Ten years ago, Orbea launched its first full-carbon bike, the Orca, the bike’s name itself — a blend of Orbea and carbon — a tribute to the Basque company’s commitment to the revolutionary material. Orbea unveiled the first Orca under Euskaltel-Euskadi in its orange-crush color scheme and for its 10th birthday, the Orca has a face-lift and a tummy-tuck ahead of Euskaltel’s start in the 100th Tour.
Orbea, like all bike companies, claims its new, top-end frame to be lighter, stiffer, and of course, more aerodynamic than its predecessor.
One of the defining features of the new Orca is its stack and reach fit system. Orbea’s approach to sizing is an evolution from the size-specific carbon layup Orbea began using in the second generation Orca, which tuned ride feel and frame stiffness for smaller riders. Now, the stack and reach system does more of the same, by keeping a linear decrease in stack and reach through the smaller sizes, where other smaller frames have a sharp drop in stack, while reach stays static through the smallest sizes, resulting in long relative top tube dimensions.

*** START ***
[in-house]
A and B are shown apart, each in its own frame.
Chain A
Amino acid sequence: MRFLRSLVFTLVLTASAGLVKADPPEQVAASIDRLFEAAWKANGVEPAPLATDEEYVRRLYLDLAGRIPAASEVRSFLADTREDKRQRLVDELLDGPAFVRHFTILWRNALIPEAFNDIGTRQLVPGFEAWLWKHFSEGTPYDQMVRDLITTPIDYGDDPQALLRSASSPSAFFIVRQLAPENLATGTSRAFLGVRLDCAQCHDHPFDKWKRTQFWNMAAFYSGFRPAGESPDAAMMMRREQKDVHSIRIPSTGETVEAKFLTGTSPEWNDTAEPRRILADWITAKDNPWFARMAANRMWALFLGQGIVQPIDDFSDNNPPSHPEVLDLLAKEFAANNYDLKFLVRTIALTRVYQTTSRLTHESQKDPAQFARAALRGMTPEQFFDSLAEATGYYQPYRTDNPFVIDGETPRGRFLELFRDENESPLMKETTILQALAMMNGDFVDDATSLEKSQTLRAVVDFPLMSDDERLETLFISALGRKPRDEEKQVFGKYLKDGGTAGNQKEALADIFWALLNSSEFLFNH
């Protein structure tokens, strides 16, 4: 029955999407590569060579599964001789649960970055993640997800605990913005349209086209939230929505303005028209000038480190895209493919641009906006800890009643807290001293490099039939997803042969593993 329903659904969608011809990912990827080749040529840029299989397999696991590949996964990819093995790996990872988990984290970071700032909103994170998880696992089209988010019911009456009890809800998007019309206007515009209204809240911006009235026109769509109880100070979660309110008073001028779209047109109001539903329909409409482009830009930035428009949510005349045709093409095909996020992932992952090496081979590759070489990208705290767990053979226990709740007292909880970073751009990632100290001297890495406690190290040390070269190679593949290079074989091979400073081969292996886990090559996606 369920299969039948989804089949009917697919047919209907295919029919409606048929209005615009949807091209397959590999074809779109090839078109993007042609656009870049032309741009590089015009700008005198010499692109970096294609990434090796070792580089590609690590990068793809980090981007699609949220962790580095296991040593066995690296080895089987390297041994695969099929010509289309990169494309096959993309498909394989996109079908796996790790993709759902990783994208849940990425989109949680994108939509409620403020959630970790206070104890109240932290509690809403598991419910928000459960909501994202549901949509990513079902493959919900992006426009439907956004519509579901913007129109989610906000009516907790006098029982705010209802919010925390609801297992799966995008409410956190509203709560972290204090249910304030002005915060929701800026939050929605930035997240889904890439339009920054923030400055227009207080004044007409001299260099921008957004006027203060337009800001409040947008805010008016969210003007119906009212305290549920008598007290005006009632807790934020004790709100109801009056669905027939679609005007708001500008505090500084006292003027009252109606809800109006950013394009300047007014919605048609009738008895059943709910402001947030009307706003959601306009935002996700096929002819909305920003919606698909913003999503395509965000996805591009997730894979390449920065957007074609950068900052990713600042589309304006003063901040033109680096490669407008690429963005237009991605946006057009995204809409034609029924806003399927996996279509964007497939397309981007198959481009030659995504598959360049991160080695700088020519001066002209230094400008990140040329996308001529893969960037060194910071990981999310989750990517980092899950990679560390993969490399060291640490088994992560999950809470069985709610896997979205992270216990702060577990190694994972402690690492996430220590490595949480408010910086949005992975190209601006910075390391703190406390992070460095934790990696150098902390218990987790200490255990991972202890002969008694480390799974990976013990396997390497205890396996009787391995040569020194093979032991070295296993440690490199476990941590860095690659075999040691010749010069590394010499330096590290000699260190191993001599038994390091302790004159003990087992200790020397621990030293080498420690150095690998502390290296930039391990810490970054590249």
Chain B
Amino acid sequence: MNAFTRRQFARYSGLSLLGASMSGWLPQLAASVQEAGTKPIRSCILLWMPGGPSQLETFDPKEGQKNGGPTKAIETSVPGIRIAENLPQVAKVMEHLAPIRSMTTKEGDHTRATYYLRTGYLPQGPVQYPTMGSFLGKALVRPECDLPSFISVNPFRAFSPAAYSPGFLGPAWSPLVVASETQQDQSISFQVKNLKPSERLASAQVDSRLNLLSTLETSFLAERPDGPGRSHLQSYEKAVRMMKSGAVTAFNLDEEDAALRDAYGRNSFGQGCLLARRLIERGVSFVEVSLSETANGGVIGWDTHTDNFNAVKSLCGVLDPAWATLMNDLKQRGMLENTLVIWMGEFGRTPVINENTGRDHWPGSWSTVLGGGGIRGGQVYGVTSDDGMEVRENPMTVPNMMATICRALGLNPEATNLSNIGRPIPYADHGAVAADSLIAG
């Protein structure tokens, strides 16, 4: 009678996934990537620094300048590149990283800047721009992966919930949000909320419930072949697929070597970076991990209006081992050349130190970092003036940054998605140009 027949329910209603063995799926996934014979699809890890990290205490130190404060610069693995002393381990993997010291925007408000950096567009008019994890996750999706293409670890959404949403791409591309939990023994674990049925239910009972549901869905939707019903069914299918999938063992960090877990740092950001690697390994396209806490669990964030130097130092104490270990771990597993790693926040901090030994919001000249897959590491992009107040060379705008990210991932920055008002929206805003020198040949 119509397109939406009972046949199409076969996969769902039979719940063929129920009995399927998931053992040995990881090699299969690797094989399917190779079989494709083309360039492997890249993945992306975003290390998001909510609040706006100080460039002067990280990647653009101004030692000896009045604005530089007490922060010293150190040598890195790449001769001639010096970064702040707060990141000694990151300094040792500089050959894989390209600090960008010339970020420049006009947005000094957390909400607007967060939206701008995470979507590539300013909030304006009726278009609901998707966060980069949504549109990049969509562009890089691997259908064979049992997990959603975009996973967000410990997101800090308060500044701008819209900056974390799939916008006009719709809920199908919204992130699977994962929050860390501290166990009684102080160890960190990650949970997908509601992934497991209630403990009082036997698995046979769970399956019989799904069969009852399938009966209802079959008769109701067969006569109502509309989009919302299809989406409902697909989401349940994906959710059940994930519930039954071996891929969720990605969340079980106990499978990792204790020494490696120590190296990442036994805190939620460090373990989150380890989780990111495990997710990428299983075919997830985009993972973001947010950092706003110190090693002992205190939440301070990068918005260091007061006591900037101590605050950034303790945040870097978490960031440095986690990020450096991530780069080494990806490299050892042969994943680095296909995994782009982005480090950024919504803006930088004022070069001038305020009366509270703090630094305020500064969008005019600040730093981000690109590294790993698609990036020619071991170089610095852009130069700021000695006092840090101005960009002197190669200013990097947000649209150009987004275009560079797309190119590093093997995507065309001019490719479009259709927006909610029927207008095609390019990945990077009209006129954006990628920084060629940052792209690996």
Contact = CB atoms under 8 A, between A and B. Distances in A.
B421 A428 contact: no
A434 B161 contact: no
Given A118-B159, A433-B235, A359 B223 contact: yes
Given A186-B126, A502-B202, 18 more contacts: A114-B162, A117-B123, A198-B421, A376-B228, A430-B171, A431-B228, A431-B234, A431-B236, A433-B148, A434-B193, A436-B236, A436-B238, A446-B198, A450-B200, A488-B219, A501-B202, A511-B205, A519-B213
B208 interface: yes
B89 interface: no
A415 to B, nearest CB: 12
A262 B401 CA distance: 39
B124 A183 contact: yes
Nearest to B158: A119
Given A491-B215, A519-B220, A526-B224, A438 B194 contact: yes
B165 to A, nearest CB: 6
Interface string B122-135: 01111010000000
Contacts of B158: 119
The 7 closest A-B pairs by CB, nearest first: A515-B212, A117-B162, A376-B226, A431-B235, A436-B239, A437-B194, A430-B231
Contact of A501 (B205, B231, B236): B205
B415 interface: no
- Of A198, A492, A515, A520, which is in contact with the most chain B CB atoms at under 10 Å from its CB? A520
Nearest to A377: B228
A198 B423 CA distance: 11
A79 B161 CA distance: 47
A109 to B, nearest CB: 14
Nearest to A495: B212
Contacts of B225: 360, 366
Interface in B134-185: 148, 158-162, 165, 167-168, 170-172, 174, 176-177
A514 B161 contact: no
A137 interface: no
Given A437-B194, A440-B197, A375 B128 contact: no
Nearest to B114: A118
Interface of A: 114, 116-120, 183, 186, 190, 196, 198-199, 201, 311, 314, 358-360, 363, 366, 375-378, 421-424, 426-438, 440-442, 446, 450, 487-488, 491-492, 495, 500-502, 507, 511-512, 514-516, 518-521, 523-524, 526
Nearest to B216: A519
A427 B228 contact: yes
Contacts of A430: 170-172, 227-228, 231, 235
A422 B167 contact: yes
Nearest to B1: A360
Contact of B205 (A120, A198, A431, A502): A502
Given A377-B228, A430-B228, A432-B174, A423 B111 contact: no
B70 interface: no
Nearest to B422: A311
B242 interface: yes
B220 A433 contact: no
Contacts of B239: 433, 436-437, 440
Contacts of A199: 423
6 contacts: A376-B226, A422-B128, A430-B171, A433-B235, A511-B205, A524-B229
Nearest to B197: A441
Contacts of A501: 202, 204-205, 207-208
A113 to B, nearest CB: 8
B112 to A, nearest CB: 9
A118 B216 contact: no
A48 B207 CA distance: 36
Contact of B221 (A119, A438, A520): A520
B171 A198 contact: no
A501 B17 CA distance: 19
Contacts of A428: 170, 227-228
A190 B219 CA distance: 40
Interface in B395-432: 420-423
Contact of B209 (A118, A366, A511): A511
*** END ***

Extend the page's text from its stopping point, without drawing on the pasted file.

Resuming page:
To that end, the Orca’s sizes are heavy on the small end of the spectrum: 47cm, 49cm, 51cm, 53cm, 55cm, 57cm, and 60cm. Orbea will offer the Orbea in two different frames, Race and Performance. The Race frame is a touch lighter than the Performance, but no featherweight at a claimed 950 grams. The Euskaltel team will all be on the Race frame and the first complete bikes available to consumers will be Euskaltel edition bikes with Shimano Dura-Ace Di2 9070.
Unlike the previous Orca model, which we tested in our WorldTour VeloLab last summer, the new Orca framesets are compatible with mechanical and electronic shifting, while keeping all cables and wires internal. The Orca uses Orbea’s DCR internal sheaths for cables to make maintenance easier.
Orbea claims that the new Orca is 10 percent lighter and 8 percent stiffer than the previous edition. We can corroborate that the previous Orca model had plenty of room for improvement, after it registered poor results in our VeloLab scientific testing, though we cannot confirm Orbea’s claims on weight and stiffness.
The final improvement Orbea sought to make was in aerodynamics. The new Orca uses a very similar, if not the same, seat post shape as the old Orca. Orbea claims that much of the reductions in drag come from using a fork modeled after the Ordu time trial bike.